Breaking Travel News review: Onboard the Orient-Express British Pullman

2nd Aug 2012
Breaking Travel News review: Onboard the Orient-Express British Pullman

Stepping back in time is not as surreal as one might imagine.

Plenty of hotels trade on their heritage, asking guests to take a break from the modern world at a retreat designed to evoke days-gone-by.

Cruiseliners also sail the seas, bringing vintage performances to audiences ready to suspend their sense of time and place in order to step back into the past.

What is unique about the British Pullman, however, is that you are invited to do it in the morning rush-hour at London Victoria station.

As you glide out of the platform sipping a glass of champagne on board this northern off-shoot of the Orient Express, a glance out of the window reveals stressed commuters packed tightly into carriages.

It is hard not to feel a small sense of satisfaction; it is as though you are on a ghost train, slipping back into history.

The feeling lasts the whole journey, as the vintage carriages that once ran on legendary 1920s services trundle around some of the more picturesque outposts of the British rail network.

Guests are seated in carriages which once formed part of the legendary Brighton Belle and Golden Arrow services, each now offering an environment of pure indulgence.

Lovingly resorted, featuring rare timber veneers, custom-loomed fabrics and solid brass work, the carriages offer couples or small groups a space to relax as the champagne flows and gourmet cuisine is served.

Glamour, fun and a dash of adventure are all part of the day; it is easy to image yourself as a decadent bright young thing in Evelyn Waugh’s Vile Bodies.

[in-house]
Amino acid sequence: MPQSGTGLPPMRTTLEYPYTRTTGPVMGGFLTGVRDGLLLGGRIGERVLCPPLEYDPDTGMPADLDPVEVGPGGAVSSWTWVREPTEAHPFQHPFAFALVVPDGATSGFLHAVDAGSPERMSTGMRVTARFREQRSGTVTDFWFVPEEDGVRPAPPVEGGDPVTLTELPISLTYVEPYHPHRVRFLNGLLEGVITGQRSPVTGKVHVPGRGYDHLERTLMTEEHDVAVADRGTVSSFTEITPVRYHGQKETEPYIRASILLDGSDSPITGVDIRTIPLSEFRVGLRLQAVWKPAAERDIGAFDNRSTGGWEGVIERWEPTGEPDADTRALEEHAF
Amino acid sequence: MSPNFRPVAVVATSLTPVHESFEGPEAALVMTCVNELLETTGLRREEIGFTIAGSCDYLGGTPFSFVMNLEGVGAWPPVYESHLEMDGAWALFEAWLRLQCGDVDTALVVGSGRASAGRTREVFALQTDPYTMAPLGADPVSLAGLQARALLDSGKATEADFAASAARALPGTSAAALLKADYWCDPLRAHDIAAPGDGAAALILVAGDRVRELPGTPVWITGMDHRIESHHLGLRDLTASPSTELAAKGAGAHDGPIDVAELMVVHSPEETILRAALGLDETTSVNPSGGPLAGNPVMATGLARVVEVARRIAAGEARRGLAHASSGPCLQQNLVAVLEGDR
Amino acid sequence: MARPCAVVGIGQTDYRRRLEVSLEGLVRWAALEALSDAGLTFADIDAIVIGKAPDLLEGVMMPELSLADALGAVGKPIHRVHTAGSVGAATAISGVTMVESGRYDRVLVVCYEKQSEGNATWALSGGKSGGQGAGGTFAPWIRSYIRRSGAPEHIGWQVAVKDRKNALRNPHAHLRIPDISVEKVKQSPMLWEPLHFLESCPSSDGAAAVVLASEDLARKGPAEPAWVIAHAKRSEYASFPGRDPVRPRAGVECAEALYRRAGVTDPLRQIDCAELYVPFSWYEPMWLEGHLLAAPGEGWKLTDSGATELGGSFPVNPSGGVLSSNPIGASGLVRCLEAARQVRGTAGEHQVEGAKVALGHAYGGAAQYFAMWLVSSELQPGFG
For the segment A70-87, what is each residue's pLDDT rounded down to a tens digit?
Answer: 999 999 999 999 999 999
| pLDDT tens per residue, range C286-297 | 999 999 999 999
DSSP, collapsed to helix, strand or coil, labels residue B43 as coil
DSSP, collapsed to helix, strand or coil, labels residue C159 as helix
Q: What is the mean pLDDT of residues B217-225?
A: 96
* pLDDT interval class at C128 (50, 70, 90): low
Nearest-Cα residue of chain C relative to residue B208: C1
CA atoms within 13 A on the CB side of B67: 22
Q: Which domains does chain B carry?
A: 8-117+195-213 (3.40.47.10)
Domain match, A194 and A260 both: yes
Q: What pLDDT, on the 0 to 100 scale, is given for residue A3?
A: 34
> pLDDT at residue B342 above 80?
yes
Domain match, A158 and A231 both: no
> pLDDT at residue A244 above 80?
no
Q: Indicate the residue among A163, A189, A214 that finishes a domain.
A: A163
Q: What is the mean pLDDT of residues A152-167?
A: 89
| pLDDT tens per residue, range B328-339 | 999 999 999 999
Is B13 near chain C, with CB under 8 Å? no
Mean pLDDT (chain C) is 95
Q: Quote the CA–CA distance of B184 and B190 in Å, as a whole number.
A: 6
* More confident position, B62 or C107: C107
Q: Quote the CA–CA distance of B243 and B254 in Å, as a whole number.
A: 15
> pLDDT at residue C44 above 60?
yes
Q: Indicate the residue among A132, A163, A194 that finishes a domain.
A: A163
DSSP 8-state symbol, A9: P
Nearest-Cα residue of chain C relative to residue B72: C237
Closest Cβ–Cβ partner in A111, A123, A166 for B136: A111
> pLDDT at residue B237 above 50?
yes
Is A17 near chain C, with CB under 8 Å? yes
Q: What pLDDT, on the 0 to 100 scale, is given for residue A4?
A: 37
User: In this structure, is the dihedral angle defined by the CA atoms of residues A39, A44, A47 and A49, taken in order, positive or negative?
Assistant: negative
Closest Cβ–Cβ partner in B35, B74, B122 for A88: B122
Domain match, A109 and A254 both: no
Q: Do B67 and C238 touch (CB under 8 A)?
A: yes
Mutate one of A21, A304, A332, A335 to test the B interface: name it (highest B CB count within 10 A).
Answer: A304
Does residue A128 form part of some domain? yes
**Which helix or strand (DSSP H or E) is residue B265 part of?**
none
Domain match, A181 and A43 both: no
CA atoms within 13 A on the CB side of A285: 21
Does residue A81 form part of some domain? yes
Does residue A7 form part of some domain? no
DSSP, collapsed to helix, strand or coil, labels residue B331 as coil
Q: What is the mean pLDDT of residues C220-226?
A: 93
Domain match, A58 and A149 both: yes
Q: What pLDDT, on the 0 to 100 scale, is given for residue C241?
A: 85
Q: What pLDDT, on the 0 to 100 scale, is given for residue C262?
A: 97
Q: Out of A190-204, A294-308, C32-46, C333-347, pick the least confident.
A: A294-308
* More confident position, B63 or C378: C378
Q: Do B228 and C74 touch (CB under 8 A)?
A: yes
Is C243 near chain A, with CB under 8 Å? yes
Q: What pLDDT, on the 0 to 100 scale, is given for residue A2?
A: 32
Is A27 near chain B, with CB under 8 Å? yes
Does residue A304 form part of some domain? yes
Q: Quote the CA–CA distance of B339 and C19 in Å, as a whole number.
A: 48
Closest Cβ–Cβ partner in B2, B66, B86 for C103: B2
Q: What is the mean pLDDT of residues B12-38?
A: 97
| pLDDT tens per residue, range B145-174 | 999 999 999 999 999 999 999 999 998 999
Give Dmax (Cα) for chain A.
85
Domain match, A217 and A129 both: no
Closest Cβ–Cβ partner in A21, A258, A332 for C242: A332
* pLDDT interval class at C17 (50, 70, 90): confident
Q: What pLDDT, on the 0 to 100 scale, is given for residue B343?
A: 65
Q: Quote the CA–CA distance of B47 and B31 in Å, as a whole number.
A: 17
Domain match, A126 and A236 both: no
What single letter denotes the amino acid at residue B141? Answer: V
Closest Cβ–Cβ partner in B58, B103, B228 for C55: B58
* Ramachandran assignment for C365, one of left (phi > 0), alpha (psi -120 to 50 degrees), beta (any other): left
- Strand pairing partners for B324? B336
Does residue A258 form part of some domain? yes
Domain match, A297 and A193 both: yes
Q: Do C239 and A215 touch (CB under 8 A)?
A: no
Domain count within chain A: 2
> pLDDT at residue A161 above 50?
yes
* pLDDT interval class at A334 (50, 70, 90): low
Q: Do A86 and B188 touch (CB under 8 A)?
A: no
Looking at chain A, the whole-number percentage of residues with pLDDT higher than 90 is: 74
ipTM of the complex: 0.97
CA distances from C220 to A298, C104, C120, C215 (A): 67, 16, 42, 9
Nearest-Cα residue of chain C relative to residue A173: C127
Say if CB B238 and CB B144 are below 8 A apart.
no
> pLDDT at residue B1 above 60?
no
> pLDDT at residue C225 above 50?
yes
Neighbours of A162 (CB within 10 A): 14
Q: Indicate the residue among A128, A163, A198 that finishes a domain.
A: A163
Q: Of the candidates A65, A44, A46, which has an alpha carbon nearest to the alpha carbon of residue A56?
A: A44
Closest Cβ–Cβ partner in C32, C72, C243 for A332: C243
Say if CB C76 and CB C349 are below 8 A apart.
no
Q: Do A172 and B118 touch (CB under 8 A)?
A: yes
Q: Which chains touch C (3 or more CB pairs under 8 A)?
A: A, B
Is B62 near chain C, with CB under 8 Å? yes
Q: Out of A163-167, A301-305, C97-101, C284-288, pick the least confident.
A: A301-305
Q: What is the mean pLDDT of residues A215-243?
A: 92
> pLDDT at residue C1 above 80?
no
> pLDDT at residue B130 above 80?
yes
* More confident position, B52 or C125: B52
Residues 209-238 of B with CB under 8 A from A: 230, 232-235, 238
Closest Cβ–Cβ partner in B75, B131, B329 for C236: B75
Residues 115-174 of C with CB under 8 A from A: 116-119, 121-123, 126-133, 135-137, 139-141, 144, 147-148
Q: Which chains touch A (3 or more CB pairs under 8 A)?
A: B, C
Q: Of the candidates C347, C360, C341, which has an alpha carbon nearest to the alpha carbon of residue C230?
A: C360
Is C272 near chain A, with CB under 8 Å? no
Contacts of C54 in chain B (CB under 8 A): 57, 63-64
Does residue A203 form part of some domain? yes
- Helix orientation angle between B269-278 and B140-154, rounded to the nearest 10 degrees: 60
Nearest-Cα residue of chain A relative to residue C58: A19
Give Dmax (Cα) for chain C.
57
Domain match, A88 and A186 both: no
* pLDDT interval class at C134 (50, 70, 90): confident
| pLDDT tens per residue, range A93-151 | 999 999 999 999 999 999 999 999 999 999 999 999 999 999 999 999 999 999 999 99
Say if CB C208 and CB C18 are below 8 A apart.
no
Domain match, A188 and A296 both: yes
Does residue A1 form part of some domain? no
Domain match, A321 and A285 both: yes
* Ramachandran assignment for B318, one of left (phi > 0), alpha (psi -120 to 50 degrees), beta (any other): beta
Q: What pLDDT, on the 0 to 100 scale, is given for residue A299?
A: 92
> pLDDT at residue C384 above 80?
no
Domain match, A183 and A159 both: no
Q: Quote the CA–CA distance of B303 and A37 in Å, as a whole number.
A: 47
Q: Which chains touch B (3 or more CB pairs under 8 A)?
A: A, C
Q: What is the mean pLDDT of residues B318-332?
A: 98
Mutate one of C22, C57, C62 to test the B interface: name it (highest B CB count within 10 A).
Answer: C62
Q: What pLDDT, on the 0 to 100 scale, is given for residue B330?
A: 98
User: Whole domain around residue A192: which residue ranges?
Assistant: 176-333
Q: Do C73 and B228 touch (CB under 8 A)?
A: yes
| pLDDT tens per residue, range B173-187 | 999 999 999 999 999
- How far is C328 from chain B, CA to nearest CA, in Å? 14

At the heart of the experience is the ultimate moveable feast.

Executive head chef Robbie Gleeson brings a wealth of knowledge to the tracks, as well as a passion for fine dining that has seen him cook for some of the top restaurants worldwide.

Menus feature the seasonal delicacies from the British Isles, coaxed into classic and innovative dishes. Each is freshly prepared in a cupboard sized kitchen using the finest ingredients from mainly UK suppliers - a sight to behold in itself.

More than 150kg of caviar and 22,000 bottles of champagne are served on UK journeys alone each year!

On our journey through Canterbury, Broadstairs and Whitstable, we are served roast breast of Kentish guinea foul, alongside tian of Cornish crab meat, garden pea & Suffolk ham hock soup and English cheese. 

Fine English wines - largely from Kent’s oldest vineyard, Biddenden - also excite the pallet while the countryside flashes past.


Dining completed, entertainment on the British Pullman is in keeping with the spirit of history.

Brass bands play to the assembled, evoking the golden music hall era, allowing guests to try out their Charleston, foxtrot and waltz steps.

Stops along the way – including ours today at Whitstable to try out the world-famous oysters – also break up the journey and ease digestion.

All too soon, however, we return to London Victoria, stepping back into the mundane real world of the modern day. How sad making!

More Information

Few experiences can compare to a journey on the British Pullman.

With departures from London Victoria, Birmingham, Manchester and many other cities and towns, the trains give guests a chance glide through stunning scenery on their way to exciting destinations all over Britain.

The British Pullman train can also be chartered for a personal journey: for the launch of luxury products; to celebrate a success or to say thank you to key customers.

For more information take a look at the official website.


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